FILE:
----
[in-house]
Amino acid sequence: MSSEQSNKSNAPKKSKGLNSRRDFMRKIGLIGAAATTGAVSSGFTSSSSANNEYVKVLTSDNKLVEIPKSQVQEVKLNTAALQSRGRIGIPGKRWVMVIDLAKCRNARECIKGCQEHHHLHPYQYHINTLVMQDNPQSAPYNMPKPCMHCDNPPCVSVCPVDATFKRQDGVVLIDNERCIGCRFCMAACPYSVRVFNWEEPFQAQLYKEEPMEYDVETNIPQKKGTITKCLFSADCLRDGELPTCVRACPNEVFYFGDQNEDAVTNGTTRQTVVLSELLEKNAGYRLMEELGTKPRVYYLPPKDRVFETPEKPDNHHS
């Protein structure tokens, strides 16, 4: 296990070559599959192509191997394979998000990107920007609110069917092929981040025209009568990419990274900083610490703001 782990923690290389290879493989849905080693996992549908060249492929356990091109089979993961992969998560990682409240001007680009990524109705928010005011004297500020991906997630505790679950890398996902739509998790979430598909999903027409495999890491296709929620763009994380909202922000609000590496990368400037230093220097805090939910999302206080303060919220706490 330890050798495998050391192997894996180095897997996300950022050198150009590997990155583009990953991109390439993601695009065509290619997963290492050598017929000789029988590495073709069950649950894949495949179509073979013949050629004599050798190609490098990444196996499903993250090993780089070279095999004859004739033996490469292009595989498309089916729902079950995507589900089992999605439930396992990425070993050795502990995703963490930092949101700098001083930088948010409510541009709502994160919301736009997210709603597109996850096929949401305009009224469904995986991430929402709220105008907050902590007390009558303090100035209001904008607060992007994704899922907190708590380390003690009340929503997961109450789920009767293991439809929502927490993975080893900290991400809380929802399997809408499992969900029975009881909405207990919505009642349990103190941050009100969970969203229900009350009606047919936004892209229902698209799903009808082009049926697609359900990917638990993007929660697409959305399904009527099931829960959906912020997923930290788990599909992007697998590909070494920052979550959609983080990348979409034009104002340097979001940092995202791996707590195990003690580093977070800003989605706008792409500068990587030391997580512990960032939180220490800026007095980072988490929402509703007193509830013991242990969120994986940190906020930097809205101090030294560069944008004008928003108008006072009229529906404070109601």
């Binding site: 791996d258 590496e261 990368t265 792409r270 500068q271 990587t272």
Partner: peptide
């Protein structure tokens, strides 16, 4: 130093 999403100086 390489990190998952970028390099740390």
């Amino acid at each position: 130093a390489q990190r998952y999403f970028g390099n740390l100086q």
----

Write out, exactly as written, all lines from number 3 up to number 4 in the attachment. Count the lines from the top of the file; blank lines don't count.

């Protein structure tokens, strides 16, 4: 296990070559599959192509191997394979998000990107920007609110069917092929981040025209009568990419990274900083610490703001 782990923690290389290879493989849905080693996992549908060249492929356990091109089979993961992969998560990682409240001007680009990524109705928010005011004297500020991906997630505790679950890398996902739509998790979430598909999903027409495999890491296709929620763009994380909202922000609000590496990368400037230093220097805090939910999302206080303060919220706490 330890050798495998050391192997894996180095897997996300950022050198150009590997990155583009990953991109390439993601695009065509290619997963290492050598017929000789029988590495073709069950649950894949495949179509073979013949050629004599050798190609490098990444196996499903993250090993780089070279095999004859004739033996490469292009595989498309089916729902079950995507589900089992999605439930396992990425070993050795502990995703963490930092949101700098001083930088948010409510541009709502994160919301736009997210709603597109996850096929949401305009009224469904995986991430929402709220105008907050902590007390009558303090100035209001904008607060992007994704899922907190708590380390003690009340929503997961109450789920009767293991439809929502927490993975080893900290991400809380929802399997809408499992969900029975009881909405207990919505009642349990103190941050009100969970969203229900009350009606047919936004892209229902698209799903009808082009049926697609359900990917638990993007929660697409959305399904009527099931829960959906912020997923930290788990599909992007697998590909070494920052979550959609983080990348979409034009104002340097979001940092995202791996707590195990003690580093977070800003989605706008792409500068990587030391997580512990960032939180220490800026007095980072988490929402509703007193509830013991242990969120994986940190906020930097809205101090030294560069944008004008928003108008006072009229529906404070109601």
């Binding site: 791996d258 590496e261 990368t265 792409r270 500068q271 990587t272």